Caterpillar Inc. (CAT) today reported its first quarterly loss in 16 years. The heavy equipment manufacturer said the worst economic crisis since the Great Depression will cause earnings to be weaker than expected.
The first-quarter loss of $112 million, or 19 cents a share, compared with a profit of $922 million, or $1.45, in the first quarter of 2008. Revenue dropped 22 percent to $9.22 billion. Excluding one-time items, profit was 39 cents, beating the 20-cent consensus forecasts of analysts surveyed by Bloomberg News. The guidance for the Illinois company, though, was simply dreadful.
In January, Caterpillar said profit would be $2.50 this year. The Bloomberg consensus is $1.77. Caterpillar's yearly forecast issued today is $1.25. Sales will be about $3 billion below expectations. Shares are getting punished in pre-market trading.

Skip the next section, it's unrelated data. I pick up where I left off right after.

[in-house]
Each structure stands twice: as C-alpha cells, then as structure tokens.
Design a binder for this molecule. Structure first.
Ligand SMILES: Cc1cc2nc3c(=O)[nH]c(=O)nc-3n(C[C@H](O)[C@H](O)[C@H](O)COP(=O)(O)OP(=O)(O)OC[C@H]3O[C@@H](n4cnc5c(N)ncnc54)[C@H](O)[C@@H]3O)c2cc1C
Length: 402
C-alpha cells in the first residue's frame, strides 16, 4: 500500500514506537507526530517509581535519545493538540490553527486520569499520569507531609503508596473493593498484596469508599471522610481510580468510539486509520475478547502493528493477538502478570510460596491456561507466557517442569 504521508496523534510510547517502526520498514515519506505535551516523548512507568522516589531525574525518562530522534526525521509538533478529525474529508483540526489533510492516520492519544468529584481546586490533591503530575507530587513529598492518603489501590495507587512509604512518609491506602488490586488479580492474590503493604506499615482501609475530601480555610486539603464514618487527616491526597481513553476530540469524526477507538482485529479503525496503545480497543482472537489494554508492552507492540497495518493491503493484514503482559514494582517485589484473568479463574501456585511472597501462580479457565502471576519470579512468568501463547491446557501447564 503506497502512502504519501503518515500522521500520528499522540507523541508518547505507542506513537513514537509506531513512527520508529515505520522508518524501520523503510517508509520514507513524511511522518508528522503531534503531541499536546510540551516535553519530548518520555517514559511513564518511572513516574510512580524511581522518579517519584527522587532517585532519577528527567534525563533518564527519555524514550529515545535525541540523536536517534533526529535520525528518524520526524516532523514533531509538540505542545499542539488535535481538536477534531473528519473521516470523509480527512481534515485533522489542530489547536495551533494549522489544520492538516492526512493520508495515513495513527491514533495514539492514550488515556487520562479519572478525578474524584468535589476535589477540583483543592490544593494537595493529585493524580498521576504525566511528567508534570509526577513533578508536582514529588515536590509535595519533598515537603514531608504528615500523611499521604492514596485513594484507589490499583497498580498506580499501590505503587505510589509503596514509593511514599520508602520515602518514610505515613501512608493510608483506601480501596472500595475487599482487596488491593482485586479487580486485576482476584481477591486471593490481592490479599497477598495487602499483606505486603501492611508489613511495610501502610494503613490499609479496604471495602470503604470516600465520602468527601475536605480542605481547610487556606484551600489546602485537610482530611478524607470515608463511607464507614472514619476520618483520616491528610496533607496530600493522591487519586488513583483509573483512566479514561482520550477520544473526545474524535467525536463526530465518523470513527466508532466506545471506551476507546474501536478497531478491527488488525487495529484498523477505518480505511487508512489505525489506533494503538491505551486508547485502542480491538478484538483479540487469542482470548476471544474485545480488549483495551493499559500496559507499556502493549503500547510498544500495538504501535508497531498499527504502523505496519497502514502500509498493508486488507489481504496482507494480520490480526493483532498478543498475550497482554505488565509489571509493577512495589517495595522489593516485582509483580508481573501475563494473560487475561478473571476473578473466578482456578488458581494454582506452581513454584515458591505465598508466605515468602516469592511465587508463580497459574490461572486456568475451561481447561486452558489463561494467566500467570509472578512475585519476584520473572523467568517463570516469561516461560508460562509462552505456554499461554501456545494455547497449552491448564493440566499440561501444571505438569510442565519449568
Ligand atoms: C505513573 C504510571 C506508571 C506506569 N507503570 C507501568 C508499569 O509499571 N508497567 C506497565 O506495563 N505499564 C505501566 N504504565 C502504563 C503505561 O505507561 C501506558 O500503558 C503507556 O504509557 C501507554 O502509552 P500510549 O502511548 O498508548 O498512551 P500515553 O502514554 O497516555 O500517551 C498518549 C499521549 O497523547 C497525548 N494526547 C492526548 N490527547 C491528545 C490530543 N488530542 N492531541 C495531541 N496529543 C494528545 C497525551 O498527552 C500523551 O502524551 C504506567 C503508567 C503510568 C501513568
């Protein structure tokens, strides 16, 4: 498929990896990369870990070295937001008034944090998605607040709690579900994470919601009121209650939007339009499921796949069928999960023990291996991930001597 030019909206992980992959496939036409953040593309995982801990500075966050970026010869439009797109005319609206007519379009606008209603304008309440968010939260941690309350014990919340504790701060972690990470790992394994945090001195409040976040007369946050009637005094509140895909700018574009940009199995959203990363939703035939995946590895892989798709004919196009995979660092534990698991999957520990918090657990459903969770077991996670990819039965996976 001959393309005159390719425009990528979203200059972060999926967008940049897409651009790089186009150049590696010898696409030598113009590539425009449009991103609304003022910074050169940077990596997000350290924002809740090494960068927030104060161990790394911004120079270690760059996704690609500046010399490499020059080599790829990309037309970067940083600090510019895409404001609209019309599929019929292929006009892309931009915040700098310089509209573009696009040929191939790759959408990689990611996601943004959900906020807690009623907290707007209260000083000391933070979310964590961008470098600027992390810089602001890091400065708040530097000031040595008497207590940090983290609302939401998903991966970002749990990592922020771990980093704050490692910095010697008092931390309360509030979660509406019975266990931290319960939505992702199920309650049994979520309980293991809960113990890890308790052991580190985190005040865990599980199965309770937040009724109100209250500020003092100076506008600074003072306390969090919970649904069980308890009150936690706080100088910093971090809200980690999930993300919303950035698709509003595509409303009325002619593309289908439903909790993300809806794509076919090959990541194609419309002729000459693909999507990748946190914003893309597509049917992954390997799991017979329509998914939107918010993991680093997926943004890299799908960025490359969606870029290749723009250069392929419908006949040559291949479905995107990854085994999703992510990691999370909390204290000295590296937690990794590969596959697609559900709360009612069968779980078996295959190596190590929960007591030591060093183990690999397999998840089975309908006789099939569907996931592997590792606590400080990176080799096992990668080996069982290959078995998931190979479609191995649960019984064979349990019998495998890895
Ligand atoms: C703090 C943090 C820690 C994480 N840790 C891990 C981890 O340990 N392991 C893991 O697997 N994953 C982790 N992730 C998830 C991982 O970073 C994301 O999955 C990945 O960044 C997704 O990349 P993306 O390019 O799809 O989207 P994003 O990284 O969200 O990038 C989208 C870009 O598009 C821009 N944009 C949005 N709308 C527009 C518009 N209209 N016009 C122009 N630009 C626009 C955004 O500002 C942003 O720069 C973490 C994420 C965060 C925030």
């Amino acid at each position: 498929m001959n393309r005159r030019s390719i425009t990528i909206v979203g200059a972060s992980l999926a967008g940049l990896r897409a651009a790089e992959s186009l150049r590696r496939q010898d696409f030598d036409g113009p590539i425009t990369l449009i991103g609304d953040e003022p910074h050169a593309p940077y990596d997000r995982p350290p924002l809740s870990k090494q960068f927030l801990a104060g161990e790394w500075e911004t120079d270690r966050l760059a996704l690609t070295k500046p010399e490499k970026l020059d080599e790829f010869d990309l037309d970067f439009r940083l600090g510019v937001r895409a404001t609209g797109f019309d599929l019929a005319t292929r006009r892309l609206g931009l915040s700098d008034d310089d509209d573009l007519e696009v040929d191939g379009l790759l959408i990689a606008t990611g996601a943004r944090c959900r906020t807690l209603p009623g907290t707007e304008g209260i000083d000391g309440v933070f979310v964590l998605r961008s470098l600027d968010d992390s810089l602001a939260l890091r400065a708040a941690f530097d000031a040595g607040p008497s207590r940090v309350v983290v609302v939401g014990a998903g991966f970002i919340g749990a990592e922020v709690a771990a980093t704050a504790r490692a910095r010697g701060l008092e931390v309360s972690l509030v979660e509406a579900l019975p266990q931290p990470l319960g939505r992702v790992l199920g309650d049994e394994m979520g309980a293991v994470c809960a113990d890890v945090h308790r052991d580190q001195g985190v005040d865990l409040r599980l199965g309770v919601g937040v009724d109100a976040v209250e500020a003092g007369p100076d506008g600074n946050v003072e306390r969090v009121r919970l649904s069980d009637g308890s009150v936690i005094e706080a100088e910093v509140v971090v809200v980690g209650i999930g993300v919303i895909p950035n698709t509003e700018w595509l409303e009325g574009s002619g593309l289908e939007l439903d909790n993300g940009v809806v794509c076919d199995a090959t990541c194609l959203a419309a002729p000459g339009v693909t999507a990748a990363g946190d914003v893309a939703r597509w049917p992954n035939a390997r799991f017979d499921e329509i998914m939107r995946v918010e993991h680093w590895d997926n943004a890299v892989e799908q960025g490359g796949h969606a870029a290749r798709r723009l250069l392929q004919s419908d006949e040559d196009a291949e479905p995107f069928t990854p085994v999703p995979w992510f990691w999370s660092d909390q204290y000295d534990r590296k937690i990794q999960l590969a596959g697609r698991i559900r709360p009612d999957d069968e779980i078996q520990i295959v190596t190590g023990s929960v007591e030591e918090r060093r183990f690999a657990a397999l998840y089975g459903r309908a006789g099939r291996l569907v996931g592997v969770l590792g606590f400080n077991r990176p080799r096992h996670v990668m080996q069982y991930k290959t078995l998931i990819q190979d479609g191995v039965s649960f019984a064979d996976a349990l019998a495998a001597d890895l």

Caterpillar's guidance also is squishy, saying that it expects to be profitable despite a lower revenue outlook and expects "strong cash flow." But there remains a cloud over the company caused by among other things the collapse of the ethanol market and the depressed housing market. The company has already addressed the downturn by cutting 24,000 jobs since January. More, though, needs to be done.
"A great deal of uncertainty exists in the global economy, making it extremely difficult to know how our customers will respond during the remainder of 2009," said Chief Executive Jim Owens in a press release. "We will take action to keep Caterpillar lean, while at the same time making strategic product and operational investments to position Caterpillar for long-term success when the economy does recover."
Maybe things will start to improve for Caterpillar once money from the economic stimulus flows down to the states. Until then, it will be a tough slog.
Caterpillar disappoints badly